This past weekend's Fictionwise coupon, 110912, good for 45% off, is still working (probably thru Wed). The discount combines with the new release discount, so it might be a good time to pick up the new issues from Dell Magazines (Fantasy/ SciFi/ Ellory Queen Mysteries; DRM-free, multiple formats).
Today's Kindle Daily Deal is Lit ($1.99), by Mary Karr.
The Liars' Club brought to vivid, indelible life Mary Karr's hardscrabble Texas childhood. Cherry, her account of her adolescence, "continued to set the literary standard for making the personal universal" (Entertainment Weekly). Now Lit follows the self-professed blackbelt sinner's descent into the inferno of alcoholism and madness—and to her astonishing resurrection.
Karr's longing for a solid family seems secure when her marriage to a handsome, Shakespeare-quoting blueblood poet produces a son they adore. But she can't outrun her apocalyptic past. She drinks herself into the same numbness that nearly devoured her charismatic but troubled mother, reaching the brink of suicide. A hair-raising stint in "The Mental Marriott," with an oddball tribe of gurus and saviors, awakens her to the possibility of joy and leads her to an unlikely faith. Not since Saint Augustine cried, "Give me chastity, Lord—but not yet!" has a conversion story rung with such dark hilarity.
Lit is about getting drunk and getting sober; becoming a mother by letting go of a mother; learning to write by learning to live. Written with Karr's relentless honesty, unflinching self-scrutiny, and irreverent, lacerating humor, it is a truly electrifying story of how to grow up—as only Mary Karr can tell it.
Sipping from the Nile: My Exodus from Egypt ($1.57 / £0.99 UK), by Jean Naggar, is the Kindle Deal of the day for those in the UK (the US edition is $5.99/KLL Eligible). The companion audiobook is $1.99 for those in the US (and appears to be $2.29 for those in the UK).
Born into a prominent, sophisticated Jewish family who spend time in Europe and live in the Middle East, author Jean Naggar’s coming of age memoir tells the story of her protected youth in an exotic multicultural milieu. To Naggar her childhood seemed a magical time that would never come to an end. But in 1956, Egyptian President Nasser’s nationalizing of the Suez Canal set in motion events that would change her life forever.
An enchanted way of life suddenly ended by multinational hostilities, her close-knit extended family is soon scattered far and wide. Naggar’s own family moves to London where she finishes her schooling and is swept into adulthood and the challenge of new horizons in America. Speaking for a different wave of immigrants whose Sephardic origins highlight the American Jewish story through an unfamiliar lens, Naggar traces her personal journey through lost worlds and difficult transitions, exotic locales and strong family values. The story resonates for all in this poignant exploration of the innocence of childhood in a world breaking apart.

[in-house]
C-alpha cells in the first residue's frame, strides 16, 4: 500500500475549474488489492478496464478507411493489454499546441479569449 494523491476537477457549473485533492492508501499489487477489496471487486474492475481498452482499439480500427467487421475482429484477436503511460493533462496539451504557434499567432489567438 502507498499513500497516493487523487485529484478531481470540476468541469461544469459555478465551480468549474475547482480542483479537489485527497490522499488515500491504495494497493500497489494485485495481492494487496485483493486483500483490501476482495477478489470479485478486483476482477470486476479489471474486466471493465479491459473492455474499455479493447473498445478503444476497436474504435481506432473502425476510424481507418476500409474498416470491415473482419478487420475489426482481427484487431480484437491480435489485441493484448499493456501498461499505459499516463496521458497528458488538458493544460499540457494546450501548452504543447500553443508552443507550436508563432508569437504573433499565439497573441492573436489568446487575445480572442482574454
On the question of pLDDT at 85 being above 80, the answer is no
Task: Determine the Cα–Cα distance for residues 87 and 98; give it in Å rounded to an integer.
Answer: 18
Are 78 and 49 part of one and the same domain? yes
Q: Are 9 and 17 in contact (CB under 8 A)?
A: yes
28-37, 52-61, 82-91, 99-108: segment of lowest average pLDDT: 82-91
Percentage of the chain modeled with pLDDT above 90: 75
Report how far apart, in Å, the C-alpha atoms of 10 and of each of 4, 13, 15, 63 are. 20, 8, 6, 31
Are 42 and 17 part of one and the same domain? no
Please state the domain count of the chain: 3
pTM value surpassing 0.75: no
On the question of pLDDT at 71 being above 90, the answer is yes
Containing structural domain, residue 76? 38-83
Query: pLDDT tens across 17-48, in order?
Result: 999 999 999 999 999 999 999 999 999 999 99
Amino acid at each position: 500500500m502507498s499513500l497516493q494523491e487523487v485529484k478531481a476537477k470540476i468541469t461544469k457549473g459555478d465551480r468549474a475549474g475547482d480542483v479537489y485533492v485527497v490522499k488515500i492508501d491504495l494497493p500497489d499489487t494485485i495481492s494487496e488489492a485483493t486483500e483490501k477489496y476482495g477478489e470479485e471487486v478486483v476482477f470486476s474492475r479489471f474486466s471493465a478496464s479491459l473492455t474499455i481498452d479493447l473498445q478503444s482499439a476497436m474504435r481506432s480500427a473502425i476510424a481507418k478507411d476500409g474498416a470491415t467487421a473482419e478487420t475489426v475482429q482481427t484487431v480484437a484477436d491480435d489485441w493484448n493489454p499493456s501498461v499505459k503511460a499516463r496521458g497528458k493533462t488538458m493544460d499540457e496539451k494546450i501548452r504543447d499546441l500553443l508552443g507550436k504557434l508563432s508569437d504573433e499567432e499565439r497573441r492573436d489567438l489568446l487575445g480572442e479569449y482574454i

Angel of Darkness ($3.99 Kindle, B&N), by Cynthia Eden, is the Nook Daily Find, price matched on Kindle. Not a bad price and I don't see it in the libraries I belong to.
He Fell For Her
Nicole St. James was a nice woman. An innocent, pretty, twentysomething schoolteacher with her life ahead of her. But as the angel of death, it's Keenan's job to take that life away. So when a vampire attacks Nicole, Keenan is not supposed to snap and take out the vampire instead. It cost him his wings--but she's worth it.
Except when Keenan catches up to his pretty schoolteacher, she's not so innocent anymore. Hot red lipstick, tight black shorts and long white fangs--she's ready to kick the asses of anyone who helped turn her into a damn bloodsucker. Unless that ass is unusually shapely and attached to a certain fallen angel. Even with all of heaven and half of hell after them, someone will have to teach Keenan about the fun kinds of sin. . .
Today's Kindle Kids Daily Deal is The Elephant's Child ($0.99), by Rudyard Kipling and Tim Raglin (Illustrator).
Rudyard Kipling’s story of how the elephant got its trunk has always delighted children with its playful use of language and sense of high adventure. Never has there been a more satisfying rendering of Kipling’s most beloved “Just So” story, which explains what the world was like “in the beginning of years when the world was new and all…”
Age Level: 3 and up